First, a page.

Massachusetts Medical Society: Overview of Massachusetts Physician Gift Ban Law

Overview of Massachusetts Physician Gift Ban Law

Since July 2009, pharmaceutical or medical device companies engaged in sales and marketing activities in Massachusetts have been required to disclose the value, nature, purpose, and particular recipient of any fee, payment, subsidy, or other economic benefit with a value of at least $50 provided to any covered recipient in connection with sales and marketing activities.

Covered recipient means any person authorized to prescribe, dispense, or purchase prescription drugs, biologics, or medical devices. Sales and marketing activities are defined as those intended to be used as follows:

  • To influence the sale or the market share of a prescription drug, biologic, or medical device or the prescribing behavior of a covered recipient
  • To market a drug or device
  • To evaluate the effectiveness of a pharmaceutical or medical device detailing sales force and any product education, training, or research project that is designed or sponsored by the marketing division of a pharmaceutical or medical device company or has marketing, product promotion, or advertising as its purpose

Activities exempt from disclosure include:

  • Reasonable compensation for bona fide services and out of pocket costs for genuine research and participation in clinical trials
  • The provision of prescription drugs for use by patients
  • The provision of demonstration or evaluation units, in-kind items used for the provision of charity care, and
  • Confidential price concessions such as rebates and discounts

Provision of Meals

The original law strictly prohibited pharmaceutical and medical device companies from providing any meals of any value to health care practitioners outside a hospital or the practitioner’s office.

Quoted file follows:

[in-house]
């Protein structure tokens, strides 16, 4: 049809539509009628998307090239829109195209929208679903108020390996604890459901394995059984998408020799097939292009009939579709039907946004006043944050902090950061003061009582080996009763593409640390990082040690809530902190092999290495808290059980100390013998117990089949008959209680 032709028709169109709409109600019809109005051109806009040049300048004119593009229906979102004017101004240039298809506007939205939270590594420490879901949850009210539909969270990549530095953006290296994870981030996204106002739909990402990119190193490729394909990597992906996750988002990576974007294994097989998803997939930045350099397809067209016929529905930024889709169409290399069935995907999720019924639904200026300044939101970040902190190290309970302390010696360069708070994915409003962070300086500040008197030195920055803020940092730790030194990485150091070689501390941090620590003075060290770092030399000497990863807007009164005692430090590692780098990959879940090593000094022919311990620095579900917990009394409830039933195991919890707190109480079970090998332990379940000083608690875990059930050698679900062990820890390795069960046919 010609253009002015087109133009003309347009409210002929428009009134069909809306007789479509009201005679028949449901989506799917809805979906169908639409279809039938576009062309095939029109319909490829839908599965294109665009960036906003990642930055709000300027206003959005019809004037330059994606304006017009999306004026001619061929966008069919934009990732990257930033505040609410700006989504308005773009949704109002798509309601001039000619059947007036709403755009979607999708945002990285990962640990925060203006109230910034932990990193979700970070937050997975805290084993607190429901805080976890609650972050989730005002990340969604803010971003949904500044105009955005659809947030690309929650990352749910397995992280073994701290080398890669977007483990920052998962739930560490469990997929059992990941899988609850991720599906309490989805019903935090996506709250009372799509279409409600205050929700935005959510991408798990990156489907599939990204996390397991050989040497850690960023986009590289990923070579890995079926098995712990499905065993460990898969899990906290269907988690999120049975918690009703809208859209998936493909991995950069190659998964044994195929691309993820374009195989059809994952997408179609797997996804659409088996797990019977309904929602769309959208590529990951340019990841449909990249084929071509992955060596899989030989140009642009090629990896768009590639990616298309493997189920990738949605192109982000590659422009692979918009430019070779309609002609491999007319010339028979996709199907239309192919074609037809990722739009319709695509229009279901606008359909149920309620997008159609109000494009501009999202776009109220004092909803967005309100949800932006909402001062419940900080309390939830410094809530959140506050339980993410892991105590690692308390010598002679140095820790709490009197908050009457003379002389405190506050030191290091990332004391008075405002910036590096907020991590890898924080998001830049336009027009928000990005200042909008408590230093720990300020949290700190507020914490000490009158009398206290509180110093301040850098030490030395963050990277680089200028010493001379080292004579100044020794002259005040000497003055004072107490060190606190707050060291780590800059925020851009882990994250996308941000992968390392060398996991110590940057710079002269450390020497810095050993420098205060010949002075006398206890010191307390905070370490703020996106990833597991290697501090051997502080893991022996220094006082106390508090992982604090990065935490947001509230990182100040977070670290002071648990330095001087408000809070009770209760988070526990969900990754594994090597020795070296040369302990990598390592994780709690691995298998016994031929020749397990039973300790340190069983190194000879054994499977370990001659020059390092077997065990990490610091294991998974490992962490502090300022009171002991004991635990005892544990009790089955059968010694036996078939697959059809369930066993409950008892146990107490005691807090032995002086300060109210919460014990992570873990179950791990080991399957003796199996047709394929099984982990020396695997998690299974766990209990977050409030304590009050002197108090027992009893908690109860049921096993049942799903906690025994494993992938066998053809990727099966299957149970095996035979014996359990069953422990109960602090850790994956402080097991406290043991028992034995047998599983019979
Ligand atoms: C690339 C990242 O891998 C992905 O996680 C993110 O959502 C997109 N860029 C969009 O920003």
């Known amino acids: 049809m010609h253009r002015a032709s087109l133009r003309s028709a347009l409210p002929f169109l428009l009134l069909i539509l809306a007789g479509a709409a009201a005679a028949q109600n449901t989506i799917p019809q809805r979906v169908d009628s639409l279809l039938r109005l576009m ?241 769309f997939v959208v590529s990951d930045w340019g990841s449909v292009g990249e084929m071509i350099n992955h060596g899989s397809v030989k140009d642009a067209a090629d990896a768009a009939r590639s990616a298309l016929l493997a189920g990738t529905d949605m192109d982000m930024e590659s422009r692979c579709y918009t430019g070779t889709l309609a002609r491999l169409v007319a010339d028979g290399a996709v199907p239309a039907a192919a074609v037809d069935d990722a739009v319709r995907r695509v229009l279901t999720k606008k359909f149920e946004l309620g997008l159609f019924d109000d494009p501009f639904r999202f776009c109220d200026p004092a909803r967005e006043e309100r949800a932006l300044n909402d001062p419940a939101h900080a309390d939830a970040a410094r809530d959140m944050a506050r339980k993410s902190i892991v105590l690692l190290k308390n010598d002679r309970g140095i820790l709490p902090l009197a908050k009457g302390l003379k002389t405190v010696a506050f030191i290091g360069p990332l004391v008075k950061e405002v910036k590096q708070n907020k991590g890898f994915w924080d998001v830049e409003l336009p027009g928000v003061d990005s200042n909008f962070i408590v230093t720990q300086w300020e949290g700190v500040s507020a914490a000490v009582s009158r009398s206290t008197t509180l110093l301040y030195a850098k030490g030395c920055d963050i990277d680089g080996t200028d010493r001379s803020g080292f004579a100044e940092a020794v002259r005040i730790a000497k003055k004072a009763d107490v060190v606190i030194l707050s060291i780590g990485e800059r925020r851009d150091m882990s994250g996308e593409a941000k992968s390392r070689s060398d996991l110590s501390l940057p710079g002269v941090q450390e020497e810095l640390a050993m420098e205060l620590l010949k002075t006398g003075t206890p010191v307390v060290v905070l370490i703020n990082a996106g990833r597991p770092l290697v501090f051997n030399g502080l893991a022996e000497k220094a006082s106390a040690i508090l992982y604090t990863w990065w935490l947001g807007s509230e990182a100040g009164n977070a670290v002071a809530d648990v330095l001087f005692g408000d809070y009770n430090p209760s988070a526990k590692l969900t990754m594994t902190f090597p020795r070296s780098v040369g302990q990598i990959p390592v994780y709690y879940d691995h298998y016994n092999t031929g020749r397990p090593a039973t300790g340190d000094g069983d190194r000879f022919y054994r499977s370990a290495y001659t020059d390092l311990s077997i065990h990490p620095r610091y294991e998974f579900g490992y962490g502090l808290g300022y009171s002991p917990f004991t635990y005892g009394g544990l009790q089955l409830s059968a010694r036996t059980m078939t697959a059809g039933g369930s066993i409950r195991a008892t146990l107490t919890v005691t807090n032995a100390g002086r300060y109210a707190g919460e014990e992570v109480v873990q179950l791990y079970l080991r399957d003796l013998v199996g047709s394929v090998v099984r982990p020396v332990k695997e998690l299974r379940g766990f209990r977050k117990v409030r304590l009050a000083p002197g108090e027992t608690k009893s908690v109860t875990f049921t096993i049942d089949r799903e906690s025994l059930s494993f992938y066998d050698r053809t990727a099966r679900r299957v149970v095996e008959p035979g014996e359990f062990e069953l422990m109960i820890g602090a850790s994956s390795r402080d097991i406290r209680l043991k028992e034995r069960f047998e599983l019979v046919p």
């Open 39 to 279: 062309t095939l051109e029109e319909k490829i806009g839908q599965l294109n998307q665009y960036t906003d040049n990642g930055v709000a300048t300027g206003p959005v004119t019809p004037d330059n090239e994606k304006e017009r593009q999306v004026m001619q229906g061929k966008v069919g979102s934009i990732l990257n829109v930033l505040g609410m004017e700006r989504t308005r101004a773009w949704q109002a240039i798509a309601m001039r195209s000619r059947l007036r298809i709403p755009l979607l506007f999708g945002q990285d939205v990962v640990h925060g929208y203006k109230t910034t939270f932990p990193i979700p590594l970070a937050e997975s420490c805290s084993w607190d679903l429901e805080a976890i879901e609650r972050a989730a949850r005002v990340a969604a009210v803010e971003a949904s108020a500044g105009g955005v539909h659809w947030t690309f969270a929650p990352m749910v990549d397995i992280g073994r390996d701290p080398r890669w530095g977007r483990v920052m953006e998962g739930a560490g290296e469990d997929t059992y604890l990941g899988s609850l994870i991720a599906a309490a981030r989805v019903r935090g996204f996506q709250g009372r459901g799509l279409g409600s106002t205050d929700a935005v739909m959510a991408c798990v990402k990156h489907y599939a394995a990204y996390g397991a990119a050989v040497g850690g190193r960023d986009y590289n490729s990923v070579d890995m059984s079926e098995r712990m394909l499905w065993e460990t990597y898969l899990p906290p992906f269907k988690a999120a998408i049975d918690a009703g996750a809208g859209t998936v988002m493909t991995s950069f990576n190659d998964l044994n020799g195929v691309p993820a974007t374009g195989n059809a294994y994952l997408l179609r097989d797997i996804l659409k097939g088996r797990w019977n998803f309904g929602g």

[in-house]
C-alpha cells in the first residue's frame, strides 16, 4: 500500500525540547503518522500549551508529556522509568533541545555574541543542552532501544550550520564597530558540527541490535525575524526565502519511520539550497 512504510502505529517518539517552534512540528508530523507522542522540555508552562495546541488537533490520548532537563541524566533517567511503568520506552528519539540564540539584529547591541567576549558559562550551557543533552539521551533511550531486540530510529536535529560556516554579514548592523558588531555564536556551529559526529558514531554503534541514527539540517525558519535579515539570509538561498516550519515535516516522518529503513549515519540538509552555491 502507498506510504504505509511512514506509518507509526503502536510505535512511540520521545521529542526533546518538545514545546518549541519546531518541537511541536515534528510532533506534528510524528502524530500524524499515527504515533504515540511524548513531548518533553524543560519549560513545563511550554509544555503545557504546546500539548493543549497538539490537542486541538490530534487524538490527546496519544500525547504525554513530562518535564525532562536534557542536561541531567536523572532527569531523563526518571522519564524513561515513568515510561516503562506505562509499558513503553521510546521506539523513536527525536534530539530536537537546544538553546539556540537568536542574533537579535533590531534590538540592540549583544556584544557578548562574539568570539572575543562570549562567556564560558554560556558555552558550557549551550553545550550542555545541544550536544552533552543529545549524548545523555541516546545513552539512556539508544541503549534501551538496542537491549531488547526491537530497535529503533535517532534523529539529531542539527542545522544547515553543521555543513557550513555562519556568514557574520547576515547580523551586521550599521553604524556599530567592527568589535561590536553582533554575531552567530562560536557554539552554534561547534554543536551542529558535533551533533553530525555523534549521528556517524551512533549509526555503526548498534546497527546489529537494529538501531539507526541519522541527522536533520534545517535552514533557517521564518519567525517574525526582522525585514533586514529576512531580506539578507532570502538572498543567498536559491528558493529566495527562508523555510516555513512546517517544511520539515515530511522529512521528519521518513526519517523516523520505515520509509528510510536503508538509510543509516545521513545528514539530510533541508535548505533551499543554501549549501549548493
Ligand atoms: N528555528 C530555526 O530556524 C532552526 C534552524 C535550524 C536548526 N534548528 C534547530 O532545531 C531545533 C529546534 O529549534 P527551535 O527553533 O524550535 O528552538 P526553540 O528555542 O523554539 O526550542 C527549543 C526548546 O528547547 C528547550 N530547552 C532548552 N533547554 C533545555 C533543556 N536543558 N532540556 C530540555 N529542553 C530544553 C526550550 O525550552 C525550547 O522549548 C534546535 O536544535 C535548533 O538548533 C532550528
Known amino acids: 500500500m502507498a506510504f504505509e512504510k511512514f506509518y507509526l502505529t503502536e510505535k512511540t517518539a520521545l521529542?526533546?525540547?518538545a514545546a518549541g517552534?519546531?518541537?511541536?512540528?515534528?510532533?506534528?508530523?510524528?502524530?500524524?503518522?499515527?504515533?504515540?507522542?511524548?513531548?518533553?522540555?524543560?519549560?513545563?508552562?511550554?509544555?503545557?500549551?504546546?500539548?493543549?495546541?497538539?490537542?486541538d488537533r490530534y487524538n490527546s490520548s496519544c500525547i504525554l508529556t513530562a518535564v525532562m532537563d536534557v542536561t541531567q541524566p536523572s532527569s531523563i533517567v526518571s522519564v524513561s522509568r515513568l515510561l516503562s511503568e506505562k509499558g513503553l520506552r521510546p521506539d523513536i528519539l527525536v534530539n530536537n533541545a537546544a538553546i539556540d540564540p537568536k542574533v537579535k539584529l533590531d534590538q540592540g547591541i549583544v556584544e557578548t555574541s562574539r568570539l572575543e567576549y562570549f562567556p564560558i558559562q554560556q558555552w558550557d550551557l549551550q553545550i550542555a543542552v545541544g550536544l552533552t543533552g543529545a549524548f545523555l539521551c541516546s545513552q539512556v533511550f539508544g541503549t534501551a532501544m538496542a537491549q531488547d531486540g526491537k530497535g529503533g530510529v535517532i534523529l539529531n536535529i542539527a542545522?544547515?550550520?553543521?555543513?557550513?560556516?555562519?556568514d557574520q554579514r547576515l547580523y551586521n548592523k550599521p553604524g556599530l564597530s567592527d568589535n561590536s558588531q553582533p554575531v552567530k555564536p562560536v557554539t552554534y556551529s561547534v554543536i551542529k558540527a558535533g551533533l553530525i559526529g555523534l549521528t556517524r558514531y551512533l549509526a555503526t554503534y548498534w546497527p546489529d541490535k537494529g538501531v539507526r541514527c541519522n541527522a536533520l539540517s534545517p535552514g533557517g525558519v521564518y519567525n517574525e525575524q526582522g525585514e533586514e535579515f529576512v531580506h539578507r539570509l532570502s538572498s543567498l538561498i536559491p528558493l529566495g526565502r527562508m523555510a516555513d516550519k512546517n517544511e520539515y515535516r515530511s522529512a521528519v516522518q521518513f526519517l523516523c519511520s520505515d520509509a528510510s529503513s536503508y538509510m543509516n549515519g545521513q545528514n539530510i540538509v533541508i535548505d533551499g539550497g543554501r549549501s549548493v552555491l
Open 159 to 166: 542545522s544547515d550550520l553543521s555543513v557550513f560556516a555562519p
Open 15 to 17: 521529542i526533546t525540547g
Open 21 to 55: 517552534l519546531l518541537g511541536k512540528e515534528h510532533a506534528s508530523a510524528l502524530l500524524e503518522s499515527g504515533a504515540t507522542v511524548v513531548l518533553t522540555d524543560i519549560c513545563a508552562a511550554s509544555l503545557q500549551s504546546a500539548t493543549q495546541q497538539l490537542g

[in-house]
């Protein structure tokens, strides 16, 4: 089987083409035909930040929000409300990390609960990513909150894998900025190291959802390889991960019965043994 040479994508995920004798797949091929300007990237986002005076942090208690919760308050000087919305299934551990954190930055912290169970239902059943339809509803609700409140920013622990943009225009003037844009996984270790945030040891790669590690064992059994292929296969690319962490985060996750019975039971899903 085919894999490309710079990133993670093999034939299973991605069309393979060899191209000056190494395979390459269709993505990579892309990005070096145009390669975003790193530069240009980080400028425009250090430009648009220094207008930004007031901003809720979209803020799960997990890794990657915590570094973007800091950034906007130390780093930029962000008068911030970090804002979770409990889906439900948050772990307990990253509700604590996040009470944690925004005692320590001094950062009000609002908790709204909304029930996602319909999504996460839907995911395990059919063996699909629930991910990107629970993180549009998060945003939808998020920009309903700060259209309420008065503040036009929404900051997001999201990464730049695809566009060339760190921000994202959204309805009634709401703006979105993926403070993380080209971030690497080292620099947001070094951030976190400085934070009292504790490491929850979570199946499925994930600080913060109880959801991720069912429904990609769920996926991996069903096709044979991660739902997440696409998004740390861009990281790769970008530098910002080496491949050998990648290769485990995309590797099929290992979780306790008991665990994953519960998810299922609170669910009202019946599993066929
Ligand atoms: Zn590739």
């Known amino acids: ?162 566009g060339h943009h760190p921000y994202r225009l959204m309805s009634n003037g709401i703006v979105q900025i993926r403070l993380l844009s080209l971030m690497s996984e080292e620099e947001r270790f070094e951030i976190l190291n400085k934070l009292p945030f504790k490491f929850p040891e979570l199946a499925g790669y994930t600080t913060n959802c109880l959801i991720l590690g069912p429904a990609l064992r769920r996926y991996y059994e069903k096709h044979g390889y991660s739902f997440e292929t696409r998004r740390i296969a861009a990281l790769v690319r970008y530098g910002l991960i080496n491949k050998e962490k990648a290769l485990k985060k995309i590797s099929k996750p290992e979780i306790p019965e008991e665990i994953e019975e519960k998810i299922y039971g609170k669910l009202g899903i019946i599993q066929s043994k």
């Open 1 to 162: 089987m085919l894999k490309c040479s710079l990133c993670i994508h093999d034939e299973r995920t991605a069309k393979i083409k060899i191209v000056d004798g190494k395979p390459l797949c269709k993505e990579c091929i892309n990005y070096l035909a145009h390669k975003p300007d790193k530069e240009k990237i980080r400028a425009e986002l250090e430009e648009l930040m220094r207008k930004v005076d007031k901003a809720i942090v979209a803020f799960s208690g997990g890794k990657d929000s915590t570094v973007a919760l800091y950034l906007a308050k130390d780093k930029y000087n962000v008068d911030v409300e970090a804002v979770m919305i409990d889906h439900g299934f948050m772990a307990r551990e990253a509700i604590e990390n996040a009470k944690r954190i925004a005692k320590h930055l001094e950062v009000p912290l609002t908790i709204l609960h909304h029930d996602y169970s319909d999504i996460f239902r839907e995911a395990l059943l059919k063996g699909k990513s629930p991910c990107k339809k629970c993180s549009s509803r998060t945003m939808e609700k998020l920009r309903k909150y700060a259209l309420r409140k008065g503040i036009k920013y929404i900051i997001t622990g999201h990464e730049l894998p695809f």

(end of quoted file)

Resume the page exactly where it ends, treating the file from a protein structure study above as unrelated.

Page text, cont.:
This section was amended in 2012. Such companies may now provide meals and refreshments outside the office or hospital in a non-CME setting, as long as they are of modest value, while providing education and information about the benefits, risks and appropriate uses of prescription drugs, devices, diseases or other scientific information, in a setting conducive to informational communication.

The regulations define “modest value” in the context of local standards, in amounts similar to what a health care practitioner might purchase when dining at his or her own expense. The regulations do not state any specific dollar amount or any range of value.

Still prohibited:

  • Meals and refreshments provided as part of entertainment or a recreational event
  • Meals and refreshments provided without an informational presentation
  • Meals and refreshments provided to a health care practitioner’s spouse or guest

Other Payments Prohibited

  • Entertainment or recreational items of any value, such as tickets to a sporting event or concert, or vacation trips
  • Payments of any kind, except as compensation for bona fide services
  • Grants, scholarships, subsidies or other items, in exchange for prescribing or disbursing prescription drugs, biologics or medical devices
  • Any remuneration, including any rebate or “kickback,” that is prohibited under state or federal fraud and abuse laws


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